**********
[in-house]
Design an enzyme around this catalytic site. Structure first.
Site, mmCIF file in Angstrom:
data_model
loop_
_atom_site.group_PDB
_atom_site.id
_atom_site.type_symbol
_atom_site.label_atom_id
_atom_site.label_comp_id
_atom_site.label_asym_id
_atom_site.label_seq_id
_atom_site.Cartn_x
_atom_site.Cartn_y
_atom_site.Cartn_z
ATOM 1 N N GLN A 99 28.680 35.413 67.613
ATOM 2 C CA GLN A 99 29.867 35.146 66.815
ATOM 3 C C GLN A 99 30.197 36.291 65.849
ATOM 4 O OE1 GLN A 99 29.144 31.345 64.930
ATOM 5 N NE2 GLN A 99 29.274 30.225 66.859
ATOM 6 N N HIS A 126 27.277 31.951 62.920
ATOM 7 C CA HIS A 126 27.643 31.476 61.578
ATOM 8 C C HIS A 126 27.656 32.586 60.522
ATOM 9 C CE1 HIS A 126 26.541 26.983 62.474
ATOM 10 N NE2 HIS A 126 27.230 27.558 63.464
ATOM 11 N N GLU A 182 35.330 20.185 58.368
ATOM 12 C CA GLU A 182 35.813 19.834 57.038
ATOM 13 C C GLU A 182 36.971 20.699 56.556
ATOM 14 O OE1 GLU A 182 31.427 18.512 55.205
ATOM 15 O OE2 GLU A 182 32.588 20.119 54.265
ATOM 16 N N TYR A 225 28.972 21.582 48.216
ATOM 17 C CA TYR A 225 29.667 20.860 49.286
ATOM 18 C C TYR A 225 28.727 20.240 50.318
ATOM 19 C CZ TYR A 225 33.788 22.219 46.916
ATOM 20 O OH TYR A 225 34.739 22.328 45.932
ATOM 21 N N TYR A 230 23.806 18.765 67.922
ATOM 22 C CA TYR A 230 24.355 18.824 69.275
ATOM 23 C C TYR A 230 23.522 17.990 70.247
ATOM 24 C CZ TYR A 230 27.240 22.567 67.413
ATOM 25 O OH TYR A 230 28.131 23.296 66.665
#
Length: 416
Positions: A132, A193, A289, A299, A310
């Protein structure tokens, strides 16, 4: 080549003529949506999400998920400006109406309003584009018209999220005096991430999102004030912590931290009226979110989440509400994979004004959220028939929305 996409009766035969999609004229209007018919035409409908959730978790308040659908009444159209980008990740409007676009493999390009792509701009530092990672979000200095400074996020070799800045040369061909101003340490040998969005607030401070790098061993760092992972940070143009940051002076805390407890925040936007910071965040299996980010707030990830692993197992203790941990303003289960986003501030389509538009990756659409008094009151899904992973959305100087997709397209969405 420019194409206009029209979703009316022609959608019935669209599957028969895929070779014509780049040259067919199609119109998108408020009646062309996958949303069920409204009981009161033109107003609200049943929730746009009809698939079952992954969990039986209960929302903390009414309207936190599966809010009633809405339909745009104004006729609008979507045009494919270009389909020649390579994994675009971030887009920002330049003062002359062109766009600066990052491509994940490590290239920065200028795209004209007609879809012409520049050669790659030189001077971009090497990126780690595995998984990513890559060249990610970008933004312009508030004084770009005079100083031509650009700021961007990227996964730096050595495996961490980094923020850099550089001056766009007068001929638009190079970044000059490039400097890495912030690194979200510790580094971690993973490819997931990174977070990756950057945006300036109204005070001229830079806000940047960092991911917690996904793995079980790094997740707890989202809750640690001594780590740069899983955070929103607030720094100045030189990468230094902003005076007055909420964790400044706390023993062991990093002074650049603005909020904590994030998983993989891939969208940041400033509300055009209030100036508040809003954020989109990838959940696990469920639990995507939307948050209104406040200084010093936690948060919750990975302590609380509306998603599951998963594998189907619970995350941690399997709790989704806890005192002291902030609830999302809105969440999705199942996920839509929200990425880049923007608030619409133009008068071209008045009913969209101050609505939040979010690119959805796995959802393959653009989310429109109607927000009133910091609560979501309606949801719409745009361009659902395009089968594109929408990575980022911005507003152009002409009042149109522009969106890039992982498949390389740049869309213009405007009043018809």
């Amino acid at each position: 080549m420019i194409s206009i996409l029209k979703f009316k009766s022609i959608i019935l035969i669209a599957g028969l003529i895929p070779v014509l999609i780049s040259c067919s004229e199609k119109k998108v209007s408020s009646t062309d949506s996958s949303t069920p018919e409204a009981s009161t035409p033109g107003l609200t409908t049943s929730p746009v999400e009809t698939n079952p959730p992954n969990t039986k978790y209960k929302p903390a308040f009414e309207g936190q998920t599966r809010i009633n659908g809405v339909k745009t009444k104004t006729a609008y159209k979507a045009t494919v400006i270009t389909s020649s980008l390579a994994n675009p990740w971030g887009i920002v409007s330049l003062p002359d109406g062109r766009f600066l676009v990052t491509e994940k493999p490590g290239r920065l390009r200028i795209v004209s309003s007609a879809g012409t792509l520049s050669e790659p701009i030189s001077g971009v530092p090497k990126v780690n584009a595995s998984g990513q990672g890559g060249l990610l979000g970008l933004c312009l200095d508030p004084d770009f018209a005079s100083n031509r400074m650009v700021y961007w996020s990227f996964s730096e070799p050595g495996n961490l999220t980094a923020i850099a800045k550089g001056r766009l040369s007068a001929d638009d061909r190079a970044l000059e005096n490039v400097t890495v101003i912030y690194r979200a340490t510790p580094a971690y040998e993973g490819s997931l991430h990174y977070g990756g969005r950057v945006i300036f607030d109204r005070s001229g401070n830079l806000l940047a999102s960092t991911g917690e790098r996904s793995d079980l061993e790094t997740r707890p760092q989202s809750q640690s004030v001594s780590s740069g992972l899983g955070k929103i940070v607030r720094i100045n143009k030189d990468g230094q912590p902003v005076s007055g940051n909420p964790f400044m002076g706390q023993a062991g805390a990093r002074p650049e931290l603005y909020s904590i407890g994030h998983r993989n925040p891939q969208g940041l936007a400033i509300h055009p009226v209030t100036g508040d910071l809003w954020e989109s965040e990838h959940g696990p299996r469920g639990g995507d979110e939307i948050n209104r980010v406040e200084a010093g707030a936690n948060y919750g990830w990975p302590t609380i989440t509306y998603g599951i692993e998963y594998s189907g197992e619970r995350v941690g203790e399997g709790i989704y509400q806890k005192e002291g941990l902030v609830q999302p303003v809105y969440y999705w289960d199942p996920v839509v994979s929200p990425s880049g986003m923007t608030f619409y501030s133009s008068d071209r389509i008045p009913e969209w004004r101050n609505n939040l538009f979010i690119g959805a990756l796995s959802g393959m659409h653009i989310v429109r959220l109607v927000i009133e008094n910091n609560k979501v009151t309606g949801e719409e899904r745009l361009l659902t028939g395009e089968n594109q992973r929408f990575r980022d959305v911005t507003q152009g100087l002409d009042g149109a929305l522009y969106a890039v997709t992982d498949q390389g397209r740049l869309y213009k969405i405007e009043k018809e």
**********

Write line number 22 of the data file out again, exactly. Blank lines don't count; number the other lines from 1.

ATOM 7 C CA HIS A 126 27.643 31.476 61.578